IRS faces challenges keeping up with the regulations

By AccountingWEB Staff

Turns out, it's not just taxpayers who find the tax code confusing. The Internal Revenue Service (IRS) itself is having a hard time keeping up with constantly changing tax laws.
 
The Trends in Compliance Activities Through Fiscal Year 2010 report, released July 18 from the Treasury Inspector General for Tax Administration (TIGTA), states that while the IRS has hired about 4,300 revenue agents and tax compliance officers in fiscal years 2009 and 2010, the agency struggles to keep up with the heavy workload of enforcing multiple tax changes.
 
For example, the American Recovery and Reinvestment Act of 2009 included 56 tax provisions. The act's Making Work Pay Tax Credit, with its new income tax withholding provisions, was particularly challenging. The First-Time Homebuyer Credit program added requirements that led to the need for paper returns rather than electronic ones. Also, 42 of the total 514 Affordable Care Act of 2010 provisions affected the tax code. Eight required the IRS to set up new operations.
 
"The IRS faced many challenges during fiscal year 2010, including implementation of provisions related to new tax legislation," said J. Russell George, Treasury Inspector General for Tax Administration, in a statement he made regarding the report. "Taken together, revisions to these laws represent the largest set of tax law changes in 20 years."
 
The TIGTA reviews tax compliance statistics every year to analyze IRS trends in collection and examination activities. The TIGTA report says that in 2009, the IRS saw the biggest hiring increase in the past 5 years, and hiring increased even more in the next fiscal year. In that time, gross collections did not increase. The report called for additional staffing in collections to keep up with the workload and attrition. The report also said that enforcement revenue collected increased, as did the number of examinations.
 
Here are just some of the statistics found in the report:
 
  • The combined number of Collection and Examination functions enforcement personnel increased by 19 percent since fiscal year 2006.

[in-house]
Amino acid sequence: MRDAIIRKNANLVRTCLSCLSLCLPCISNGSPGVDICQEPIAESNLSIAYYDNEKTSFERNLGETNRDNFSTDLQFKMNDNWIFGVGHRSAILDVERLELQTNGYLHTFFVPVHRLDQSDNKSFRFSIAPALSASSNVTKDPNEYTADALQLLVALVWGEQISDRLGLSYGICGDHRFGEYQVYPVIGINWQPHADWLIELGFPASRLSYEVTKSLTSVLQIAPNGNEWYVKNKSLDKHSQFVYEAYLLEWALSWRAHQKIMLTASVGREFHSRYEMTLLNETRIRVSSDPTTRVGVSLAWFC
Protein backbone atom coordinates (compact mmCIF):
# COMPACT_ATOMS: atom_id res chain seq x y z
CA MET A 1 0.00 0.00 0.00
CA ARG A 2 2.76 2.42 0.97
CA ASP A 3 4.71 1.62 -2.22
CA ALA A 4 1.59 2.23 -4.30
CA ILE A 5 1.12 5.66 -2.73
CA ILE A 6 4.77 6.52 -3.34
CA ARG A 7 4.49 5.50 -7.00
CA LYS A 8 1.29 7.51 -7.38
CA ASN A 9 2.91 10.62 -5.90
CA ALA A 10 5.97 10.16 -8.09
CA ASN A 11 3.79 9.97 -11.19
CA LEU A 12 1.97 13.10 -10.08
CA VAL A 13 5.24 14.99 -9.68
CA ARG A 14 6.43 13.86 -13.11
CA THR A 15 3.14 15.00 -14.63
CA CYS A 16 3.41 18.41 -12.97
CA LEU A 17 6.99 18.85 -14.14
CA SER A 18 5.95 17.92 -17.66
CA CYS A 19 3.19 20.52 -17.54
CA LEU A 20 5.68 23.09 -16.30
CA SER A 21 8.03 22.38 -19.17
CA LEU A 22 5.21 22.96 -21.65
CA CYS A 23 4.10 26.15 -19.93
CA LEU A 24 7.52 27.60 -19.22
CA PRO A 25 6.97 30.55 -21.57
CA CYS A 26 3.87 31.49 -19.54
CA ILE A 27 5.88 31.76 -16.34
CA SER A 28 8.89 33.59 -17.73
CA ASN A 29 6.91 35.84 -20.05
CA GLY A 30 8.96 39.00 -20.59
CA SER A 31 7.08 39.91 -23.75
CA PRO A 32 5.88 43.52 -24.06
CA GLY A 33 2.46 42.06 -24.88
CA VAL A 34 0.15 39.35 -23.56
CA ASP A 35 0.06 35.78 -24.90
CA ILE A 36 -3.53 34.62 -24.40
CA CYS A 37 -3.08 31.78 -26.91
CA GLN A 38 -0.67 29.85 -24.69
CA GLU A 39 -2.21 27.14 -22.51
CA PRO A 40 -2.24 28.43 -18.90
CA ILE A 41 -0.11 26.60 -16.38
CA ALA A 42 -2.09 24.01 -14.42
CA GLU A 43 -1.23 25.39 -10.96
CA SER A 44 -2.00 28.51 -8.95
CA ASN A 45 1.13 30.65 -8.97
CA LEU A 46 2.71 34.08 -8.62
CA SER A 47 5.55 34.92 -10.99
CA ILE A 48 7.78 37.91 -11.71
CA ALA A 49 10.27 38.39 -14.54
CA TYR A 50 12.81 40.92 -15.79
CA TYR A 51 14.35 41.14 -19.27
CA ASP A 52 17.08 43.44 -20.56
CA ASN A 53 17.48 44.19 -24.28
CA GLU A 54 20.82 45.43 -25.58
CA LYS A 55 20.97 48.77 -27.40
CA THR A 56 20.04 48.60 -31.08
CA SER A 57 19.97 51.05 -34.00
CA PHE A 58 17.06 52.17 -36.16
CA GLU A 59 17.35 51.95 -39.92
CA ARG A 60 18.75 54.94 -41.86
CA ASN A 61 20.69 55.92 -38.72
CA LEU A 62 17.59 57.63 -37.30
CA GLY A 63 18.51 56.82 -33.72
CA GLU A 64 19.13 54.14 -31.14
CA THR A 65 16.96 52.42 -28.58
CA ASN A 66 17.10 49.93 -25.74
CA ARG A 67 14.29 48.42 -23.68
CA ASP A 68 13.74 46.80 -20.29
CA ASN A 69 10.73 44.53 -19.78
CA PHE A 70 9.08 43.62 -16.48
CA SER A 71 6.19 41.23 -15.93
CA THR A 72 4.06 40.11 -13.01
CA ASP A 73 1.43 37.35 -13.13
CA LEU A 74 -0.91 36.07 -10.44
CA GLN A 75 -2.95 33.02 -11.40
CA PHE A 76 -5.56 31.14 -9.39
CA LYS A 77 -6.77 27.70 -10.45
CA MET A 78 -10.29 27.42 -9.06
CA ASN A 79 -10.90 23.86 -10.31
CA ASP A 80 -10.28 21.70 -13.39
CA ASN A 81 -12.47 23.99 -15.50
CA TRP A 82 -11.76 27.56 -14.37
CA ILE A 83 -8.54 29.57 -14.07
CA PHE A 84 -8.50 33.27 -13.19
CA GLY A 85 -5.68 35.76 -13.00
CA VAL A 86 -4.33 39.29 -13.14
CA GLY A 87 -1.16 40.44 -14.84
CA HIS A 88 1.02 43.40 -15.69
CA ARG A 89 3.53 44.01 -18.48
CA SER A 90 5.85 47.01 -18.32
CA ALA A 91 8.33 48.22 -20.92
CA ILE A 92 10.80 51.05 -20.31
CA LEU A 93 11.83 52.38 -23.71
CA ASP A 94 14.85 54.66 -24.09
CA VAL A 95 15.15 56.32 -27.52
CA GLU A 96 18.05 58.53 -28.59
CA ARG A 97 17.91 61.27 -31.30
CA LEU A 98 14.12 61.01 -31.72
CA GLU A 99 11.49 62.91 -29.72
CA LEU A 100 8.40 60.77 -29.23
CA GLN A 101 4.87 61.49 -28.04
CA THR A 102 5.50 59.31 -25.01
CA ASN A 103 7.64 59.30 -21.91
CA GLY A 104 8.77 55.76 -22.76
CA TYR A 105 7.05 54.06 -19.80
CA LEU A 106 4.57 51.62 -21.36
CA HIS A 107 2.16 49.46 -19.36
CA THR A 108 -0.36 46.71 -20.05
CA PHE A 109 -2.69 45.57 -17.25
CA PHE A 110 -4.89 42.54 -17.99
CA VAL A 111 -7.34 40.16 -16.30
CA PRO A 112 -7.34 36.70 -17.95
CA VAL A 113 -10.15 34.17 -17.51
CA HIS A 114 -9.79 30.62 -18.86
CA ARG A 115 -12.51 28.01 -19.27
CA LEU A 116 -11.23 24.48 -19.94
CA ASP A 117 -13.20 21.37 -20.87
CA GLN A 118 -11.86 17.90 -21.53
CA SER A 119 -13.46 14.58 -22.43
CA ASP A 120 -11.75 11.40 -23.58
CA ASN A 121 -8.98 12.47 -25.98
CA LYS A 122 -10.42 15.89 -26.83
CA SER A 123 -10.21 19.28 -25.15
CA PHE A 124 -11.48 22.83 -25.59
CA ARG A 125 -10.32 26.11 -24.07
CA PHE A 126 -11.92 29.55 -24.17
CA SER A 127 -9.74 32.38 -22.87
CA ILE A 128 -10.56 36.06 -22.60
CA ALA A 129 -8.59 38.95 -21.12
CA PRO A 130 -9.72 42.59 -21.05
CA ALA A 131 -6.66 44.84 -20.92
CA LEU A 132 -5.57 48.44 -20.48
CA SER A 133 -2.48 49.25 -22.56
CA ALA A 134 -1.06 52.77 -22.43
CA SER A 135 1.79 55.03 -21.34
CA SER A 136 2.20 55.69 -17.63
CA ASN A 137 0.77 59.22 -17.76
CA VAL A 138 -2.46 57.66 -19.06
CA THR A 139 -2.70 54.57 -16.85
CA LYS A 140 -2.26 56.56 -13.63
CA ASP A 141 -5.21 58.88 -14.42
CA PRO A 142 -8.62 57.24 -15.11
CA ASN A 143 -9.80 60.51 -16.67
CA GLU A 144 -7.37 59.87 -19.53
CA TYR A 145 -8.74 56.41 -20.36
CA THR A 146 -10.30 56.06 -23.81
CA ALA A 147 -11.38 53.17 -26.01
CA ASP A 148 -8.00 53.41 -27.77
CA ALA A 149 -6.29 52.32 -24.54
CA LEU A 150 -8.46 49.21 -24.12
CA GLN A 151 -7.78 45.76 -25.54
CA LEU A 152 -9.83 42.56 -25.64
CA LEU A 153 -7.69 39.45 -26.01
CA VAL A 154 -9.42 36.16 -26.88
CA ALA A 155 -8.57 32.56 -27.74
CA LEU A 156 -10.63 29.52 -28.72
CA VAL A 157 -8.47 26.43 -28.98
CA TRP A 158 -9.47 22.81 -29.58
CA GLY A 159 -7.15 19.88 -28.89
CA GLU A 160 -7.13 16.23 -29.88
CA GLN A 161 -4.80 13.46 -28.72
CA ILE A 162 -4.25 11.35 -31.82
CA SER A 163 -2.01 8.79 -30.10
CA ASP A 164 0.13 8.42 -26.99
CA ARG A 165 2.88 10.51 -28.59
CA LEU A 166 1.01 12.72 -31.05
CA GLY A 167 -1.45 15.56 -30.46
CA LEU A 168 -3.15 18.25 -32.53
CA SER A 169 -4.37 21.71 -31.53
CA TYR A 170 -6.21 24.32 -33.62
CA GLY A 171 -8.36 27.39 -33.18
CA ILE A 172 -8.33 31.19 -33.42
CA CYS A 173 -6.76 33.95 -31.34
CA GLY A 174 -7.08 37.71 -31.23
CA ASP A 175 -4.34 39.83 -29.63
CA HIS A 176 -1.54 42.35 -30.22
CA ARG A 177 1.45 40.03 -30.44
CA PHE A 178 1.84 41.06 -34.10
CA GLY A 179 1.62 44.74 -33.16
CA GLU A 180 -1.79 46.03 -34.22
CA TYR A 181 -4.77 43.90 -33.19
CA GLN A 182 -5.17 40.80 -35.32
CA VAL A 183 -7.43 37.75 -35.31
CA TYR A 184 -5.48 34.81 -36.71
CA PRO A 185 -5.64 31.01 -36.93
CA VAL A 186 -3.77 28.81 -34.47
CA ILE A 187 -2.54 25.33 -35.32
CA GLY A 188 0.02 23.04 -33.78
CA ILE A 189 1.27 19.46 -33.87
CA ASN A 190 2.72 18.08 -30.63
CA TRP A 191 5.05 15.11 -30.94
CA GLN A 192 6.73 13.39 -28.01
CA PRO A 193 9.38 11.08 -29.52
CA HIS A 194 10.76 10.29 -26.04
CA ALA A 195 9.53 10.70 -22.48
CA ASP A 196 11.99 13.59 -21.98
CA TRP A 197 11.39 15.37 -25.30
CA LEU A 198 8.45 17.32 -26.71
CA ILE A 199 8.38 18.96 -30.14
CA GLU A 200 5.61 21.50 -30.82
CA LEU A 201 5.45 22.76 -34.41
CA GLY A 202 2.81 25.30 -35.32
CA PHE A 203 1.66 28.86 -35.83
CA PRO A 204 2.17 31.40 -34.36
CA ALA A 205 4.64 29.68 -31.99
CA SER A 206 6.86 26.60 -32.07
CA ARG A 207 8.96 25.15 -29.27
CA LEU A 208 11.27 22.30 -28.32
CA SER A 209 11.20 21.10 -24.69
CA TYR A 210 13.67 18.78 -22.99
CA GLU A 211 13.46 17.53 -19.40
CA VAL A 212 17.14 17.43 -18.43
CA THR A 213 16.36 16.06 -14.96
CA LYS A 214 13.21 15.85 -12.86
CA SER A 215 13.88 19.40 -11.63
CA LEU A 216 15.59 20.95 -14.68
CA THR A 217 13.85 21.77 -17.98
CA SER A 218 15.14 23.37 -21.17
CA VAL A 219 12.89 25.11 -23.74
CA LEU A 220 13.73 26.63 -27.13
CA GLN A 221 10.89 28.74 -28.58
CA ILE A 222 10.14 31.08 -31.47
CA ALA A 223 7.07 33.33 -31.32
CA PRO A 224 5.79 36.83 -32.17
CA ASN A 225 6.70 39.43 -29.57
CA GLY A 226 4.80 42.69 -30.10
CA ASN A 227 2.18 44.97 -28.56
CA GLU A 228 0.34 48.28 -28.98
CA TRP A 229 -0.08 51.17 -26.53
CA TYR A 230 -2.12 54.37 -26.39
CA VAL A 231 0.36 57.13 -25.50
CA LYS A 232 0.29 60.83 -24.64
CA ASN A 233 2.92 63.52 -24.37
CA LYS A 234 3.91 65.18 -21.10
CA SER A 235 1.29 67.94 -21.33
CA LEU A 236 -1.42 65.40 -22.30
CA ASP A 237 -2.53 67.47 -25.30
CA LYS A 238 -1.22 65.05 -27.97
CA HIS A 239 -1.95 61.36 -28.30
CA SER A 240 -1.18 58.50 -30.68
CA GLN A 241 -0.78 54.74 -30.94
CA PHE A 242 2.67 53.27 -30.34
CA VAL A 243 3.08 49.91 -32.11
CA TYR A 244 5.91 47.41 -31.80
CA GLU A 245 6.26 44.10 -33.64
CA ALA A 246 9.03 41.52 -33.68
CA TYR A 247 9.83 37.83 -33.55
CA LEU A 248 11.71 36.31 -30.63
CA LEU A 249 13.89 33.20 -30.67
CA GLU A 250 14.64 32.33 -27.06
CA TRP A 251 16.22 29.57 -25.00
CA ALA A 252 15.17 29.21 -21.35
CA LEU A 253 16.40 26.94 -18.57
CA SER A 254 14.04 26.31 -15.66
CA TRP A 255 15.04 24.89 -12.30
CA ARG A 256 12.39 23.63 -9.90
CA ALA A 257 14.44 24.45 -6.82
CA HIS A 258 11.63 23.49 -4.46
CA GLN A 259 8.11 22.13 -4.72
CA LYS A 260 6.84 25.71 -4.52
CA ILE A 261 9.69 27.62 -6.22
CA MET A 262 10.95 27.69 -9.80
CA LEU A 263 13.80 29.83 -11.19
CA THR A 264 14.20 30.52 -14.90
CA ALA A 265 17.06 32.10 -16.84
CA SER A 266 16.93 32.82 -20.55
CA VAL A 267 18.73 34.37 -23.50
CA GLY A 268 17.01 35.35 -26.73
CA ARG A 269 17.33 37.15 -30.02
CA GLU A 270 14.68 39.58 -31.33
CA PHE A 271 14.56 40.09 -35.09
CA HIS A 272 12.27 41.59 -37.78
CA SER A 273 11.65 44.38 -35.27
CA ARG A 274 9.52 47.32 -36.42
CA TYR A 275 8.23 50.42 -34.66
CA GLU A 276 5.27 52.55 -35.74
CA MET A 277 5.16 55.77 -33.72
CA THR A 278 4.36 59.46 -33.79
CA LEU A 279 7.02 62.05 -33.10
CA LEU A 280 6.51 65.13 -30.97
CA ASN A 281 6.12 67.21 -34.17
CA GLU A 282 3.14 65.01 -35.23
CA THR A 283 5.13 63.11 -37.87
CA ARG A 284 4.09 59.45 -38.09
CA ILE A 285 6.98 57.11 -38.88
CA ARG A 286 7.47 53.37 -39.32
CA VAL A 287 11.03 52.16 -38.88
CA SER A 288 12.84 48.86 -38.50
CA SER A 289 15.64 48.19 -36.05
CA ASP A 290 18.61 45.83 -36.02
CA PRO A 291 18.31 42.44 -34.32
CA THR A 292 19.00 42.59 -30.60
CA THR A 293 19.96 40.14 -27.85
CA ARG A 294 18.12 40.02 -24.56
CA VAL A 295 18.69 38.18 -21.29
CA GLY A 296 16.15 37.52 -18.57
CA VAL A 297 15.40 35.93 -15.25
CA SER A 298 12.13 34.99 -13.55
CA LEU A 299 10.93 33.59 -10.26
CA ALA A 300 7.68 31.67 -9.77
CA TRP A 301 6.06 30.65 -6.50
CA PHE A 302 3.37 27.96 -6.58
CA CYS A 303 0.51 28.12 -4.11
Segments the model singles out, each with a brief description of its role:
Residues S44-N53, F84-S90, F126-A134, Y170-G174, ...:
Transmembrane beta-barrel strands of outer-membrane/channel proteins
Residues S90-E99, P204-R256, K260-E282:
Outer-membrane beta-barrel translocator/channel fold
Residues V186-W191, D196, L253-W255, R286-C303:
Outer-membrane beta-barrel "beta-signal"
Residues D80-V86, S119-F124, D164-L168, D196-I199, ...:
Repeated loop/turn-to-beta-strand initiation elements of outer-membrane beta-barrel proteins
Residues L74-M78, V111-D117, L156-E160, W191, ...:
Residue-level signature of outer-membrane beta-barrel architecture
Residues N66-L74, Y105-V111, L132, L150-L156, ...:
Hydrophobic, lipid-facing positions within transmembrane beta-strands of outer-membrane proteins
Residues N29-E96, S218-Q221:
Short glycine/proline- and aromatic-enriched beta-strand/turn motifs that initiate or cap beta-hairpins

• From calendar years 2005-2009, the total number of tax returns filed grew by nearly 6 percent, from about 177 million to 187 million.
  • Since fiscal year 2008, gross collections have decreased by 15 percent, to $2.35 trillion in fiscal year 2010.
  • Enforcement revenue collected during fiscal year 2010 increased by 18 percent, from $48.9 billion to $57.6 billion – the first increase since fiscal year 2007.
  • In 2009, 63 percent of taxpayers in a survey cited fear of examination as a factor that led to their voluntary compliance. This increased to 64 percent in 2010, which is the largest percentage in the past 5 years.
 
The report concludes that "the IRS faced many challenges during fiscal year 2010, including implementation of provisions related to new tax legislation, the condition of the economy, and changes to its workforce. Several indicators showed the impact of these challenges, including little change in gross collections, an increase in accounts receivable, and an increase in the number of cases that might never be worked. However, many other indicators increased, including increases in the number of delinquent cases being closed, enforcement revenue collected, and examinations performed. These indicators could suggest that the hiring and training of new personnel is having a positive impact on the IRS's ability to enforce the Nation's tax laws, even though the full benefit from these individuals has yet to be realized."
 
 

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